It was one of our winter getaways a few years ago. Jacqueline brought along a cool ruler she picked up at a trade show that she thought we should play with. It happens a lot that at least one of us will bring along some cool tool or kit for us all to explore together. It makes for a fun afternoon of figuring things out as a group, getting inspired by something we’ve never tried before. This particular ruler is called the Pathways Ruler by Sew Many Creations and it is a multi-sized Drunkard’s Path and square up ruler. We were very intrigued.
It was the last day and we had already sewn all kinds of fun things – quilts, clothes, and more quilts. I always find that these weekends or weeks are the ideal time for me to focus on a quilt project. I have some quilts that have only ever been worked on at our getaways. As usual, Katherine had brought a garbage bag of fabric. Truly. Katherine’s stash is epic! She knew she wanted to start a new quilt, but didn’t know what that was going to be. We sat down together, pulled out the instructions and gave the ruler a try. Once we figured out how it worked, we were so excited by how quickly, accurately and economically we could cut out the drunkard path pieces. No tracing, no template, just a few rotary cuts on the ruler and we had perfectly sized pieces ready to go. Katherine was convinced this could be the quilt project she was looking for. I wanted to join in! We decided to share fabric. She picked half the fabrics from her travelling stash and I picked the other half from my own bag of fabric. We each cut out two sets of each of our fabrics and then traded with the other. Our quilts have exactly the same fabrics, but we went away from that weekend and started putting them together individually. We paired up all the fabrics on our own and made our own personal layouts for them. We worked on them at several getaways, you can see them progress from summer to winter in these photos. I love the results.
Here’s another reason why this project is so cool – we cut out both quilts in about an hour! That’s 160 curved pieces per quilt for a total of 360 perfectly cut curved pieces. So good. Thank you, Pathways Ruler!
This is the magic that makes this time together so special. I love so much that now Katherine & I have matching quilts with a twist. Matching is one of our favourite things to do! In Handmade Getaway, we give you all the instruction you need to make your own Double Time Quilt with a two, three or four people. I think the idea of sharing fabric like this is so much fun.
Of course, we had to create a Kickstarter level based on this project. We’re so delighted that many of you have chosen the Double Time Quilt Tools Level. You’ll be getting two copies of Handmade Getaway, the fabulous Pathways Ruler and a stack of ten fat quarters. We had fabric generously donated from Robert Kaufman, Andover Fabrics and Camelot Fabrics to create three different options for you. There are still some of these rewards available if you haven’t pledged yet or want to upgrade to a higher level. This is all you need to get started on this project with a friend and I hope you’ll share your Double Time Quilts once you start making them! Visit our Kickstarter Page!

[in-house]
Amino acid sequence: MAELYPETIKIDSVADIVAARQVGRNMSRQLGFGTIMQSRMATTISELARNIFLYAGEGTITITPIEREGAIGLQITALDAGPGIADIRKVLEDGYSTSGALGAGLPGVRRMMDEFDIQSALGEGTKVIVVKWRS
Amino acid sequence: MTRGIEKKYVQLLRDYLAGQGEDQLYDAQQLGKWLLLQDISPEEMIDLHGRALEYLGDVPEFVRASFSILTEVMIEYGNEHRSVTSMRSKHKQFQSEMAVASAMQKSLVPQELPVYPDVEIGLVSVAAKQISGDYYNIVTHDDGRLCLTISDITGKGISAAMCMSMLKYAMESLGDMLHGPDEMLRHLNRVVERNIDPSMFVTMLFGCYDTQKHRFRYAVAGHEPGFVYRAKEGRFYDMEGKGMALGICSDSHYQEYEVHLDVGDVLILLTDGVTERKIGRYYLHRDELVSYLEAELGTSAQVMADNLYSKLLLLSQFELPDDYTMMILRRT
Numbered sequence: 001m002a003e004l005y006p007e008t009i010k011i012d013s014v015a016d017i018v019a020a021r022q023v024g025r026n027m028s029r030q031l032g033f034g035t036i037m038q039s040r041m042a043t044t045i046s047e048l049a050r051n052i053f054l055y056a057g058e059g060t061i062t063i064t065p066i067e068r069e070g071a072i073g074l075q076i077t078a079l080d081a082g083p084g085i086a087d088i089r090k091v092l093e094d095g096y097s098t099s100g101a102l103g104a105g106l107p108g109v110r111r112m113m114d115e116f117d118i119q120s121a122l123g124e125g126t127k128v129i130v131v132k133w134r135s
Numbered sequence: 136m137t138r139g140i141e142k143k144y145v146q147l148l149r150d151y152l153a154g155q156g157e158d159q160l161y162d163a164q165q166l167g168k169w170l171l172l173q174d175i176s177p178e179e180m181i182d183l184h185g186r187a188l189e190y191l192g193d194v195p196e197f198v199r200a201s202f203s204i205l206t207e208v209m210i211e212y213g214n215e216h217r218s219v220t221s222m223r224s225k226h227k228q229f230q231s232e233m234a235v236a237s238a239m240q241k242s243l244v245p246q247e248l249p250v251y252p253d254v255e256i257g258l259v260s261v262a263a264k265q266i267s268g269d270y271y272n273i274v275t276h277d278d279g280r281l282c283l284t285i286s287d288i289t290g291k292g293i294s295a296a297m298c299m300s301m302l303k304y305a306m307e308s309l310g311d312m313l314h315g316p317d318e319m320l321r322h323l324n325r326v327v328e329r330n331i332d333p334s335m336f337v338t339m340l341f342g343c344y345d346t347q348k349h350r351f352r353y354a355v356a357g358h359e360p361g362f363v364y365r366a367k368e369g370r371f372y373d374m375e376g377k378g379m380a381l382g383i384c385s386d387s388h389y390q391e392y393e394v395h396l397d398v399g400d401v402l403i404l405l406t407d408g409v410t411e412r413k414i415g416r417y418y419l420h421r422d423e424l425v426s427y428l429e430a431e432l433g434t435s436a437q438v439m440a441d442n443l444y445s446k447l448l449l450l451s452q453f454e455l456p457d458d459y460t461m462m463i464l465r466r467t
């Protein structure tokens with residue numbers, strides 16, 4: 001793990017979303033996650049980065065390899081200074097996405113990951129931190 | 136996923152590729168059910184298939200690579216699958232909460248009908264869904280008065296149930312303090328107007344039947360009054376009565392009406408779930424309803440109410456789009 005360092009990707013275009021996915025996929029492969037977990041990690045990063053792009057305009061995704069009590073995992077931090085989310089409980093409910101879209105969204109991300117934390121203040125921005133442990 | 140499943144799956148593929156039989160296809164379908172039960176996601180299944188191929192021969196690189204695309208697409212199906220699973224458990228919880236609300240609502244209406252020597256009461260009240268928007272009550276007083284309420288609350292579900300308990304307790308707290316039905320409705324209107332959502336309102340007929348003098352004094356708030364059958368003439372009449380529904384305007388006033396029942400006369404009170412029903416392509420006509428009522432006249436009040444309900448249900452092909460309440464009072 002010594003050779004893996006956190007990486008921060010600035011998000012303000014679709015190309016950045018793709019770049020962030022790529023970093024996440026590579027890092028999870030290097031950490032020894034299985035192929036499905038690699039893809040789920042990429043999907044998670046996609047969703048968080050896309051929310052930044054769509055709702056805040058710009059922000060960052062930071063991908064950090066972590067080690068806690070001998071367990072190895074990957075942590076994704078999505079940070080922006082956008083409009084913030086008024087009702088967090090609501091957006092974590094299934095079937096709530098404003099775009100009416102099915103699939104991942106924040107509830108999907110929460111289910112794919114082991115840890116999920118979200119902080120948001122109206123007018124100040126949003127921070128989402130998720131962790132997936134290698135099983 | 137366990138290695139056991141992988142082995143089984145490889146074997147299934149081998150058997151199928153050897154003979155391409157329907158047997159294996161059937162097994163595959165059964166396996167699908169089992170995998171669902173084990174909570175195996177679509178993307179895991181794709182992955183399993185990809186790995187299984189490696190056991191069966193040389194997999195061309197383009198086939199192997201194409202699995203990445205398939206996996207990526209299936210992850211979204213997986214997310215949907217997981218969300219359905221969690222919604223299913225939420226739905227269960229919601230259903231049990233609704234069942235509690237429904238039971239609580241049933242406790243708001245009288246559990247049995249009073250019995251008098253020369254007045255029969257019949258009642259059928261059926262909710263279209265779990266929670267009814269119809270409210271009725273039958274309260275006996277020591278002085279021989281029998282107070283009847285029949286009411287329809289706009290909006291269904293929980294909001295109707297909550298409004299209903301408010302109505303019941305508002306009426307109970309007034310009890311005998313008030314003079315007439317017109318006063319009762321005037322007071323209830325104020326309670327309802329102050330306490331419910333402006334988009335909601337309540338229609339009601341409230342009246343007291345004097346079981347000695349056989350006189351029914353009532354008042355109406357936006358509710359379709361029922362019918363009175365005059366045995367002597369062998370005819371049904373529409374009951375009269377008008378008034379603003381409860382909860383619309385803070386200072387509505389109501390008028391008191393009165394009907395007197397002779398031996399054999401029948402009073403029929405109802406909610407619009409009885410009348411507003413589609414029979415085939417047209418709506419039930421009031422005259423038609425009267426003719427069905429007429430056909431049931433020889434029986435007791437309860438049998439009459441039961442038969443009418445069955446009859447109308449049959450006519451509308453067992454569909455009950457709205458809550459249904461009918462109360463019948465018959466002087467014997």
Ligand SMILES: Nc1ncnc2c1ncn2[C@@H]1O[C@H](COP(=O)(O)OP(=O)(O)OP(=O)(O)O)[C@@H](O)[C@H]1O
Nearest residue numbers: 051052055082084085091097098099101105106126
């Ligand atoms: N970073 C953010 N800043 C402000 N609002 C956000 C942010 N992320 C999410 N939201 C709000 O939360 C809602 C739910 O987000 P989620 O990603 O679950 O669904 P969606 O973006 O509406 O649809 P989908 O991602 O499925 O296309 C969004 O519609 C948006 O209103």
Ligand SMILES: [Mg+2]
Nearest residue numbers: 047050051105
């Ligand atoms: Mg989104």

It’s officially official for the world to know! I wrote a book with Jacqueline Sava called, Handmade Getaway. I am also the photographer! We’ve been working on the Handmade Getaway for a couple years now and there are a lot of stories and fun images to share about how we got to where we are now. I hope you’re ready to hear all about it because it’s been really hard not to talk about it for so long.
We’ve decided to independently publish this project and we’re counting on our community to help us get the presses rolling. Last week, on February 1st we launched a Kickstarter campaign to help us fund the printing and editing costs. We were so hopeful that our project would be well received but we certainly didn’t expect to watch the numbers rise to over $18,000 on our first day! We are now seven days into the campaign and just about to hit 70% of our funding goal. We are so grateful for the support and excited to reach our goal so quickly. We would love to surpass our initial goal of 50K and create some stretch goals to make Handmade Getaway even better.
The idea for Handmade Getaway came to life at one of our winter cottage retreats. It was the last afternoon. We’d just made a lunch from all our leftovers (one of our last day tricks) and we were feeling pretty good about how smoothly the weekend had gone and how many projects we had all worked on over the last few days. Jacqueline wondered aloud if we should document all the tools, charts and systems we had created over the years. We all started throwing out ideas and memories about what we had figured out through trial and error. Mostly, we knew what a special time these getaways had become for all of us and the idea of sharing this part of our lives was really exciting. Jacqueline and I decided to come up with a table of contents to see if we had enough to talk about for a whole book.